Rigatoni Alla Buttera: Cowboy-Style Rigatoni

Make this Italian Rigatoni alla buttera cowboy style rigatoni pasta recipe with pork sausage and pancetta from Emiko Davis, get the recipe on thetasteedit

Try this delicious Italian recipe for Rigatoni alla buttera cowboy style rigatoni pasta recipe from Emiko Davis, get the recipe on thetasteedit


Made with pork sausage and pancetta, this Tuscan rigatoni dish will surely be served at our house more than once! According to Acquacotta: Recipes and Stories from Tuscany’s Secret Silver Coast author Emiko Davis, Rigatoni Alla Buttera: Cowboy-Style Rigatoni, is one of the most popular dishes in southern Maremma, the region on the coast of Tuscany where she lives. The dish was created by the wives of cowboys who raised the famous Maremmana cattle, but couldn’t afford to eat the beef, so instead they would use pork or anything they might have at the time.

Emiko Davis recounts tasting this dish for the first time in her book: “A blanket of pecorino cheese covered the pasta, and I swirled it in a little bit before taking a bite. I can still remember the incredible flavour. I gave a forkful to Marco and watched his eyes light up. ‘What do you think is in this?!’ I asked him. With every bite we tried guessing the possible combination of ingredients that made it so good. It was something salty. Something rich. Something umami. It was quite possibly the tastiest plate of pasta I have ever eaten, and every plate of rigatoni alla buttera eaten since has had to try to match that one.

Afterwards, we found the list of ingredients of the dishes (it’s always posted somewhere at a sagra) and we realised our guesses were, for the most part, wrong. Marco was convinced its tastiness was due to chicken livers, but it was actually something so simple. Pork sausages, pancetta, the usual battuto of onion, celery and carrot. Wine. Tomato. I had to try this at home.”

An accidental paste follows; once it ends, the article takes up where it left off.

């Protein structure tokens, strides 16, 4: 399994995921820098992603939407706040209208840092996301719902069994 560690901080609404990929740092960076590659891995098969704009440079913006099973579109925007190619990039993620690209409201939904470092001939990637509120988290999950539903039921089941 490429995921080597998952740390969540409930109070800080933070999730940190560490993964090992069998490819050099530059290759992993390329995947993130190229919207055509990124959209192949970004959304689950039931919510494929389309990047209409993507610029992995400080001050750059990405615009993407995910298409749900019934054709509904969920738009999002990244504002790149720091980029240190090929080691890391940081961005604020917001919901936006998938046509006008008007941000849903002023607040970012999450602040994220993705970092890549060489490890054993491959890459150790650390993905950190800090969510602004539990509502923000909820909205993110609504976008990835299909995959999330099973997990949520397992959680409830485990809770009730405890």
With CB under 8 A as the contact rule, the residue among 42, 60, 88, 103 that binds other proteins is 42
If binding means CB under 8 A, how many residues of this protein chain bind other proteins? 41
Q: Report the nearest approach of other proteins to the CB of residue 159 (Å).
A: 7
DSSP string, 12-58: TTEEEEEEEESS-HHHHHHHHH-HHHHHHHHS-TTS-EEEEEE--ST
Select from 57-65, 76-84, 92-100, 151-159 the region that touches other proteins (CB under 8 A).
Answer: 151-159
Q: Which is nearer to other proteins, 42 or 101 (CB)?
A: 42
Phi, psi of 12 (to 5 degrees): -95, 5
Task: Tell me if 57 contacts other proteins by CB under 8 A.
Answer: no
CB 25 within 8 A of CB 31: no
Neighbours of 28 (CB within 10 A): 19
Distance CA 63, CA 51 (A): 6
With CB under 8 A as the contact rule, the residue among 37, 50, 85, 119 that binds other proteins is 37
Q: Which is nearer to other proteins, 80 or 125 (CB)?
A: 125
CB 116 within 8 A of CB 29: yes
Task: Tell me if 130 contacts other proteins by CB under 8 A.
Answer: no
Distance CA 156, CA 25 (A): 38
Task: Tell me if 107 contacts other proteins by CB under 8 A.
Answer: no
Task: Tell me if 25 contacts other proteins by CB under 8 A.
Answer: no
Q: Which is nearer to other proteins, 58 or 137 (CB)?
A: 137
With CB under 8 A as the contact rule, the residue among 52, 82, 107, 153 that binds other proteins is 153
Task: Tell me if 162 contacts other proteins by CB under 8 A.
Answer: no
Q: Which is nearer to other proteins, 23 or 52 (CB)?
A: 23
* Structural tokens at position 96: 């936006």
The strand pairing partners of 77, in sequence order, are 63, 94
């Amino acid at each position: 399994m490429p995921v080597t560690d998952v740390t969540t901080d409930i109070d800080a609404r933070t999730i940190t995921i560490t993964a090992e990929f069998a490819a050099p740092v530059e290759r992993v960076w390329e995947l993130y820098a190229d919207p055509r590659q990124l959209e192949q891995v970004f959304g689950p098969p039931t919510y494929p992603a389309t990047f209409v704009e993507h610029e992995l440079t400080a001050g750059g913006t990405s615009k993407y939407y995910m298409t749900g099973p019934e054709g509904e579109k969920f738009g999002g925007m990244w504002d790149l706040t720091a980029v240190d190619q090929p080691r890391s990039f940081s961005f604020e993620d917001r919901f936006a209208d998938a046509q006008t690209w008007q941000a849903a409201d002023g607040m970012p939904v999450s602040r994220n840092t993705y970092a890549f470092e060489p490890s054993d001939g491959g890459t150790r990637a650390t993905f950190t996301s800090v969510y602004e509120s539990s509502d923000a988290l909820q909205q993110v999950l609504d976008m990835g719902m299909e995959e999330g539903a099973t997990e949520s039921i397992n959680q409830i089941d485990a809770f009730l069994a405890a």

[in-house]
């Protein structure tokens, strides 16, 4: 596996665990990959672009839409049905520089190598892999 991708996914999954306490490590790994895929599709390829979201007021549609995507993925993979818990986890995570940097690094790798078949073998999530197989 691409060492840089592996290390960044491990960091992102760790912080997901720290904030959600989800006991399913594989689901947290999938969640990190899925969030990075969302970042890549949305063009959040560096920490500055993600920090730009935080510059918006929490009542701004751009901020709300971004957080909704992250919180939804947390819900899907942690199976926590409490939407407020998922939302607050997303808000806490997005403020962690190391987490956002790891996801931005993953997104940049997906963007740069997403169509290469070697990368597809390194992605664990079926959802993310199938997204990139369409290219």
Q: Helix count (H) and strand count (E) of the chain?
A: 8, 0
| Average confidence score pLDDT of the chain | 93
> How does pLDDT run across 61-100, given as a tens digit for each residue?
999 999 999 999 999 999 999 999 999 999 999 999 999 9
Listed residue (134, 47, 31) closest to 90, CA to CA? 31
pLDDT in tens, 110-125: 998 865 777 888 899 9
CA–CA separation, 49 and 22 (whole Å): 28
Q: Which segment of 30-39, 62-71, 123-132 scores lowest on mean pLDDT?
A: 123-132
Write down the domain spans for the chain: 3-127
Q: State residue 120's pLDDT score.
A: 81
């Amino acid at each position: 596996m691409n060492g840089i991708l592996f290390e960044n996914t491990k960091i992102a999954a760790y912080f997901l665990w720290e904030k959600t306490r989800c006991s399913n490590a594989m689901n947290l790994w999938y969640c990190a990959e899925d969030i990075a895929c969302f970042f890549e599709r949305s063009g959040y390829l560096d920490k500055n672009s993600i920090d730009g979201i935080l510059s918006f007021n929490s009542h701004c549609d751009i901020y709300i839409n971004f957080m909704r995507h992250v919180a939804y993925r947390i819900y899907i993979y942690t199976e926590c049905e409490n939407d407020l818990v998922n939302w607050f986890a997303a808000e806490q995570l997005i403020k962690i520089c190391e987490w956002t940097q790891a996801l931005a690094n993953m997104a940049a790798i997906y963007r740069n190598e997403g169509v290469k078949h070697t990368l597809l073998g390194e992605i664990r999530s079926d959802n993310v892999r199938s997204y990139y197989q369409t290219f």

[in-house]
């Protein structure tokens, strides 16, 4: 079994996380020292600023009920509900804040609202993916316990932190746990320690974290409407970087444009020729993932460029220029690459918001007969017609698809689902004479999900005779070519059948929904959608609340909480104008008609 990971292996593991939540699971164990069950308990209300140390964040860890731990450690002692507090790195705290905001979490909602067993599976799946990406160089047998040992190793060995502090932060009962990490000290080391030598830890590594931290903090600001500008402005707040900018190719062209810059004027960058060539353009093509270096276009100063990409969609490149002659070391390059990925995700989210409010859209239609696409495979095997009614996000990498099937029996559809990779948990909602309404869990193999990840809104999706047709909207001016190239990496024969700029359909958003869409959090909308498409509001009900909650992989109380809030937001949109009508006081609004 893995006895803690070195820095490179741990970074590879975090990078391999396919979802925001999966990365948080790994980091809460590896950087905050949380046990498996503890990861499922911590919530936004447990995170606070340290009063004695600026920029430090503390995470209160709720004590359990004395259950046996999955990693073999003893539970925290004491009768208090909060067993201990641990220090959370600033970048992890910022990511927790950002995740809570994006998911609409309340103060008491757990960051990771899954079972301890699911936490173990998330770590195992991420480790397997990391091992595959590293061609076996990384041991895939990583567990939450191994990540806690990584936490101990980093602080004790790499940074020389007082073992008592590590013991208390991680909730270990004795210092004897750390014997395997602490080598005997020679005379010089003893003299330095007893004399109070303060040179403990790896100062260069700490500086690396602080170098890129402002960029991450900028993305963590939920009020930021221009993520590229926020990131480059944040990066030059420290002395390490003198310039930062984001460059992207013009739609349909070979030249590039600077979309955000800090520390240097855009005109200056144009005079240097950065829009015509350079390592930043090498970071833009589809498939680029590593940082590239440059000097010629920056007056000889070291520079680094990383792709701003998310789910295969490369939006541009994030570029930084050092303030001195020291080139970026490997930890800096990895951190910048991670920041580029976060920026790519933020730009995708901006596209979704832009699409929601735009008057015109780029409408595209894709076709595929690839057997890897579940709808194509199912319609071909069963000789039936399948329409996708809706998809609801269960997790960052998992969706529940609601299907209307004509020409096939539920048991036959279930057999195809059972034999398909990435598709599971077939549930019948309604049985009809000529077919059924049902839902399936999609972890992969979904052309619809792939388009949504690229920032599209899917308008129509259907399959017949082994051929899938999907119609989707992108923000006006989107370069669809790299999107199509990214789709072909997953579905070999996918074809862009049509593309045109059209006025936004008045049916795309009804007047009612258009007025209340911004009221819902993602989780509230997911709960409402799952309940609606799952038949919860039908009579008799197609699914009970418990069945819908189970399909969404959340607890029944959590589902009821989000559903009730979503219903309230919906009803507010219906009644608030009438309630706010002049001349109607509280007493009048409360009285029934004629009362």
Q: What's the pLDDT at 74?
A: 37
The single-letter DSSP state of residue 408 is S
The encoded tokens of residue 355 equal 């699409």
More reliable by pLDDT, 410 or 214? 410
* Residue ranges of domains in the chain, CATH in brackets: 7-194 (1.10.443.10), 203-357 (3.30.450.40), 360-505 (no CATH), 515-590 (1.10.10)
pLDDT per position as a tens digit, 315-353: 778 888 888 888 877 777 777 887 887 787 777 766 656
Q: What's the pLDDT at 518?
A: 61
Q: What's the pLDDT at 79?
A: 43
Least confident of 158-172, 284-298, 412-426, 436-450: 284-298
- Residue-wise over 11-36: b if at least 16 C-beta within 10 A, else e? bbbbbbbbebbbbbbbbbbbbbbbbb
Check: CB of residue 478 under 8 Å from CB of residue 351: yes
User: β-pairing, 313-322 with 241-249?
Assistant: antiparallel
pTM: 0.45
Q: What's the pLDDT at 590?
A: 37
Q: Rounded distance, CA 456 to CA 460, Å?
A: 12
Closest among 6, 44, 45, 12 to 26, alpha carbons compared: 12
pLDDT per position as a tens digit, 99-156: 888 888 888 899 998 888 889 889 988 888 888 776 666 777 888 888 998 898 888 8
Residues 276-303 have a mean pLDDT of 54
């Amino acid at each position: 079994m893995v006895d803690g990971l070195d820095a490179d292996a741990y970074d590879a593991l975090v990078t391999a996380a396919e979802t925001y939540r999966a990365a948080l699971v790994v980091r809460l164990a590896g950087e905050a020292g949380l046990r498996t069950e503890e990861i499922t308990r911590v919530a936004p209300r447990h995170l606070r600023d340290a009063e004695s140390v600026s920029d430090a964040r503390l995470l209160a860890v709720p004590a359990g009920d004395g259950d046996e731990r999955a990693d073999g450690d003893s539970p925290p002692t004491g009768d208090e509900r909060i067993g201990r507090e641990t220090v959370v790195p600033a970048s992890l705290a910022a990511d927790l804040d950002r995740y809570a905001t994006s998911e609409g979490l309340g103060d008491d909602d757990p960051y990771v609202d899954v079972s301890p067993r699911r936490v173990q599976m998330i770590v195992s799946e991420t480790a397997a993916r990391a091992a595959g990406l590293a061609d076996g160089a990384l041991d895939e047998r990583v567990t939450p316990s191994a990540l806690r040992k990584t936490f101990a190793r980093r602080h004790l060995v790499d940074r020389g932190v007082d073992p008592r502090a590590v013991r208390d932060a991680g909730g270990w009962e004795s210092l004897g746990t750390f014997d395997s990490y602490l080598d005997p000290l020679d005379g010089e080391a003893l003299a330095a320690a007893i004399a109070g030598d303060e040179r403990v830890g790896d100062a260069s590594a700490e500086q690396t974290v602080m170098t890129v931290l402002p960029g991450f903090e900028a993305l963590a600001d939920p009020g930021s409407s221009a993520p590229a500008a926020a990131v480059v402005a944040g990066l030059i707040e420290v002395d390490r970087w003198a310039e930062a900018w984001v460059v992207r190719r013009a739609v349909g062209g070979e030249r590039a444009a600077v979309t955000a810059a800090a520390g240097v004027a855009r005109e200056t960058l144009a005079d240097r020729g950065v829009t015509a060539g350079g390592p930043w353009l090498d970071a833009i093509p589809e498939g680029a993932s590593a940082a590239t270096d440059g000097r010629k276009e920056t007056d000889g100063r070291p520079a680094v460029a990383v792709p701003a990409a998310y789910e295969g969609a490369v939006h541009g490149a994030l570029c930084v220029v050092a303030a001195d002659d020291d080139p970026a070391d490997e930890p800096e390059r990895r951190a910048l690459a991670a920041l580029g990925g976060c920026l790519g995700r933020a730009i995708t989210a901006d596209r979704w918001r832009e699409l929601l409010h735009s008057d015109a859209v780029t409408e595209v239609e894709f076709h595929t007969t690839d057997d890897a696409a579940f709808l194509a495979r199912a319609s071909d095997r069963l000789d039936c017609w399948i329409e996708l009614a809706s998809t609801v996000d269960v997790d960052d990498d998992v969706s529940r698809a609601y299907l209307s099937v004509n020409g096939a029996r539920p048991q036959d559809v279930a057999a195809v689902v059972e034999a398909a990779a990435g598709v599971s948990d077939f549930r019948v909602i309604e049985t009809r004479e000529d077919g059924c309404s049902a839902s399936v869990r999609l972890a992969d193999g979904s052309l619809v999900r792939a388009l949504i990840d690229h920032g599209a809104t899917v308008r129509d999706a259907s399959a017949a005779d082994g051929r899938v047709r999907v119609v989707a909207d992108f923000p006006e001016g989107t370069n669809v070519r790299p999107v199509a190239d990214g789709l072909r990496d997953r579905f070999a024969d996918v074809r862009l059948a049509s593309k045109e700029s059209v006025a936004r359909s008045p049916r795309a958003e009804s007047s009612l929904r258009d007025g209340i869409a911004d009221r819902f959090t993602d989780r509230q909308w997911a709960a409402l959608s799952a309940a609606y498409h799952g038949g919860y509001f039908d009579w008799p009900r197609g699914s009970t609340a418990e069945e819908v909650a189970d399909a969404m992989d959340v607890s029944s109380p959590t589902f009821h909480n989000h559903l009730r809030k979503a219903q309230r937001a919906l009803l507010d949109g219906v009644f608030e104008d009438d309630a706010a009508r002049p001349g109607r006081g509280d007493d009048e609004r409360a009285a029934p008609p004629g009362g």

Rigatoni Alla Buttera: Cowboy-Style Rigatoni
  • 2 tablespoons extra-virgin olive oil
  • 1 brown (yellow) onion, finely chopped
  • 1 carrot, finely chopped
  • ½ celery stalk, finely chopped
  • 1 garlic clove, chopped
  • 30 g (1 oz) prosciutto, cut into thin strips
  • 60 g (2 oz) pancetta, cut into thin strips or diced
  • a few sage leaves
  • 1 rosemary sprig, leaves chopped
  • 300 g (10½ oz) pork sausages, casings removed
  • 125 ml (4 fl oz/½ cup) dry white wine
  • 200 g (7 oz) tomato passata (puréed tomatoes)
  • 320 g (11½ oz) dried rigatoni (large tube-shaped pasta) or penne pasta
  • finely grated pecorino or parmesan cheese, for serving
  1. Pour the olive oil into a wide frying pan and add the onion, carrot, celery, garlic, prosciutto, pancetta and herbs with a pinch of salt. Cover the pan with a lid and cook over low heat, stirring occasionally, for about 10 minutes or until the vegetables have softened and the fat is transparent. Add the sausages, crumbling the meat into the pan. Cook over medium heat for about 10 minutes, stirring to brown all sides.
  2. Pour over the white wine and let it cook down for about 5–7 minutes.
  3. Add the tomato passata and 500 ml (17 fl oz/2 cups) of water and bring to a simmer. Cook on low for about 30 minutes, stirring occasionally. Check for seasoning and add salt and pepper as necessary (this is a fairly robust sauce with lots of flavour from the prosciutto, pancetta and sausage, so you may not need any extra salt), then continue cooking for a further 10 minutes or so. You should have a well-reduced, thick, rich sauce. Set aside.
  4. Put the pasta in a large pot of boiling, well-salted water. Boil until al dente, then drain and toss with the sauce.
  5. Serve with plenty of finely grated pecorino or parmesan cheese.
In Tuscany, sausages are always pork, have natural casings and are only flavoured with a few fennel seeds. Choose good quality sausages. Go for fresher sausages over aged ones (they will be softer, so easier to crumble and incorporate into the sauce). Make sure there is no gluten or anything else added that might affect the texture of the cooked sausages in the ragu. If you can’t find rigatoni, go for penne pasta.


Excerpt and photo printed with permission from Acquacotta: Recipes and Stories from Tuscany’s Secret Silver Coast by Emiko Davies, published by Hardie Grant Books March 2017.

1 Comment

  1. The cooking times seem a little off to me, I had to cook it longer at every step to sweat the vegetables, cook down the wine, brown the sausage, and thicken the sauce. It was difficult to brown the sausage with all the juice in the pan that was released from the aromatic vegetables. I wonder if it might be better to start with the pancetta, use the fat released from the pancetta to cook the rest of the flavoring ingredients, and maybe brown the sausage separately and then add to the pan.

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